Danica: The only girl in our entire district -- at any level. With the possible exception of her pink batting helmet, she carried herself like an established Major League player. For example, her batting stance was a perfect replication of longtime Houston Astros first baseman Jeff Bagwell. And, sometimes, she was...uh, "emotional". Like, Carlos Zambrano emotional. She cried when she struck out...or grounded out...or popped out...or was forced out on the basepaths. From time to time, her tears turned into an absolute meltdown. I mean, when Jalen is playing the role of consoling teammate... Still, she was better than a LOT of the boys she played against. And, much more watchable than those embarrassing baseball scenes in A League of Their Own.** MLB Equivalent -- Milton Bradley
** -- It's been nearly 20 years since its theatrical release. When will it be OK for America to admit this wasn't a good film? If I can't convince you that Field of Dreams was meandering pap, then I'll refocus my retroactive critical campaign to A League of Their Own.
Johnny: His swing began in the very back of the batter's box. As the pitch approached, he'd take the equivalent of a "walking start" towards the ball before swinging from his heels. Wondering if I have a YouTube reenactment queued up? Wonder no more.*** Johnny was also good for one or two inexplicable snits per game. For reasons that were only occasionally explained, he'd go to the end of the dugout bench and bury his head inside his batting helmet -- refusing to bat or play the field. When he did play, he was a crowd-pleasing kamikaze. He dove for EVERY groundball or fly ball hit in his vicinity. During warm-ups for a 9:00 AM Saturday morning start, he was sopping wet after unleashing his act on top of the dewy grass for 45 minutes. MLB Equivalent -- Eric Byrnes
*** -- I was at this taping of Monday Night Raw from the San Diego Sports Arena in May 1999. Half of the broken "bat" landed one row in front of me. It was clearly painted Styrofoam. I thought you should know.
Brandon: The best athlete on the team, he had two excruciating tics that -- at times -- overshadowed his physical skills. Brandon would not bat until he slipped on his batting gloves. Actually, "slipped on" implies that he did this quickly. He did not. He needed at least a two-batters-ahead-of-him warning from the coaches to start putting his batting gloves on. We lived in constant fear of Brandon leading off an inning. And, after each pitch, he'd fiddle with his gloves (Velcro strap on, Velcro strap off, make a fist, fan out fingers) even more. When he swung, he'd fall into these odd funks in which he'd stop the bat just as it crossed the plate. He led all of Little League -- worldwide -- in check-swing infield singles. Look it up. MLB Equivalent -- Nomar Garciaparra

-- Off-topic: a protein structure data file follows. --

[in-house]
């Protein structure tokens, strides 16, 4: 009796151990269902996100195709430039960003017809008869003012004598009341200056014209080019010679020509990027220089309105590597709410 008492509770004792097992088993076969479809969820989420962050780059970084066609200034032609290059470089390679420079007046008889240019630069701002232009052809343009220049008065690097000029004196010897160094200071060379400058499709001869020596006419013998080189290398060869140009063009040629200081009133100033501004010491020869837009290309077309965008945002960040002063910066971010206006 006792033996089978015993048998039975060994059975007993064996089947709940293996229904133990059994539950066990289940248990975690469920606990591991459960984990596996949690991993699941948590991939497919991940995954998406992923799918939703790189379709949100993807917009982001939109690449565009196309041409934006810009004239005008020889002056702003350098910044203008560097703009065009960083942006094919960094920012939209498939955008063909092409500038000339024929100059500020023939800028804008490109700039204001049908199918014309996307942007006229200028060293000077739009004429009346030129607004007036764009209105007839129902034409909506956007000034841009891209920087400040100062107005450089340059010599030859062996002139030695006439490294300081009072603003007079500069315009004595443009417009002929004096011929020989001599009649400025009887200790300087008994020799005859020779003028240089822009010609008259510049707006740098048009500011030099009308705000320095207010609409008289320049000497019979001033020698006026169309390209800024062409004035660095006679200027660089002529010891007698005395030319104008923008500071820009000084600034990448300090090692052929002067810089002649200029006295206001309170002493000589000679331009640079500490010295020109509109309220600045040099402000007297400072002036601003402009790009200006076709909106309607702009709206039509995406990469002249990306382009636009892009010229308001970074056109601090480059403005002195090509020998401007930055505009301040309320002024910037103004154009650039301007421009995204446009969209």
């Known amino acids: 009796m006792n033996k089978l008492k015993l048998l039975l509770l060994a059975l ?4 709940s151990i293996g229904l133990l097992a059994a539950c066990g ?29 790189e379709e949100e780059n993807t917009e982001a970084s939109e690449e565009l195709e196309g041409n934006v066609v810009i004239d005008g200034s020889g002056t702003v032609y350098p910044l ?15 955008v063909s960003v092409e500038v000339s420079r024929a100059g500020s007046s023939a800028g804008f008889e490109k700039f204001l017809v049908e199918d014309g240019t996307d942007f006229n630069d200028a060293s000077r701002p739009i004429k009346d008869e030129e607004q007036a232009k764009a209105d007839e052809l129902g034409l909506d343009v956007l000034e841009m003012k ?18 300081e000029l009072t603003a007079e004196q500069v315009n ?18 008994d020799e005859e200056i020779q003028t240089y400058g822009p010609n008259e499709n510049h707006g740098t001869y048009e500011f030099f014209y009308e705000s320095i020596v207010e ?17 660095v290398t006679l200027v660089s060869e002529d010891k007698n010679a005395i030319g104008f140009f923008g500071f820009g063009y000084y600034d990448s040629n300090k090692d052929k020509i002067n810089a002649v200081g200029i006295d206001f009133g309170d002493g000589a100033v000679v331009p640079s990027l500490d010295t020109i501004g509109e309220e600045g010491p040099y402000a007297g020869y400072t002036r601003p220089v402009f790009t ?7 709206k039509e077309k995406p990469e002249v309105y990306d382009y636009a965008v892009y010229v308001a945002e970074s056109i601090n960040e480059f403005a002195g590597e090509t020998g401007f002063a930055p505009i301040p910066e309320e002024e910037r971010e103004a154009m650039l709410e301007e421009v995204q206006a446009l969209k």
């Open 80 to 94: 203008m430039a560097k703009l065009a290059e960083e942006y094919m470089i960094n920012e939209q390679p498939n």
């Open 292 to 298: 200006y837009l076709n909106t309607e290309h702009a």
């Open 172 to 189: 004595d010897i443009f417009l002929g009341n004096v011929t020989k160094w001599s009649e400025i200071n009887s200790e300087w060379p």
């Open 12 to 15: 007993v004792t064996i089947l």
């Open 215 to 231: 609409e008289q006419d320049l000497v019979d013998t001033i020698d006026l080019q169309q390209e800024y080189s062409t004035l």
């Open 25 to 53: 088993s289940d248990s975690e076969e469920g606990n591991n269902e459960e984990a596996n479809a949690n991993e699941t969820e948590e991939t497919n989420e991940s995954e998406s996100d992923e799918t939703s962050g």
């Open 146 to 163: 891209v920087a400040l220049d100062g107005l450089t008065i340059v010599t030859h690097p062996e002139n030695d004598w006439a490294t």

Peter: He had the prettiest swing on the team...and, yes, he was the only left-handed hitter in our lineup. Peter joined Steven and Jalen as the Red Sox representatives on the All Star team. His two huge defensive plays at second base in the bottom of the final inning preserved the win for the East All Stars. I...might've already covered that. On Opening Day, Peter's mouth was the unfortunate recipient of an errant warm-up toss from Jalen. He played the entire game with a grotesquely swollen and bloodied bottom lip. But, his teammates will most remember the night Peter's parents brought sacks and sacks of McDonald's for the postgame "snack". Judging by the delirious enthusiasm, it was obvious their immature palates had not yet rejected McDonald's off-tasting, meat-flavored discs. They will, children. They will. MLB Equivalent -- Chase Utley
Nash: Never listened to the coaches. Never moved on defense. Terrified of the thrown or batted ball. His exasperated mother would sometimes parrot the coaches' instructions from the bleachers as Nash struck a statuesque pose in centerfield. He could hit a little and did contribute with the bat from time to time, but that's really all I've got on him. Oh, wait...one more thing. He'd come to the games absolutely slathered in sunblock -- most noticeably on his face. I can't lie. I thought of this celebrity lookalike six months ago and I've been DYING to use it in this annual post ever since. MLB Equivalent -- Derek Bell
Thanks for a wonderful season, Red Sox.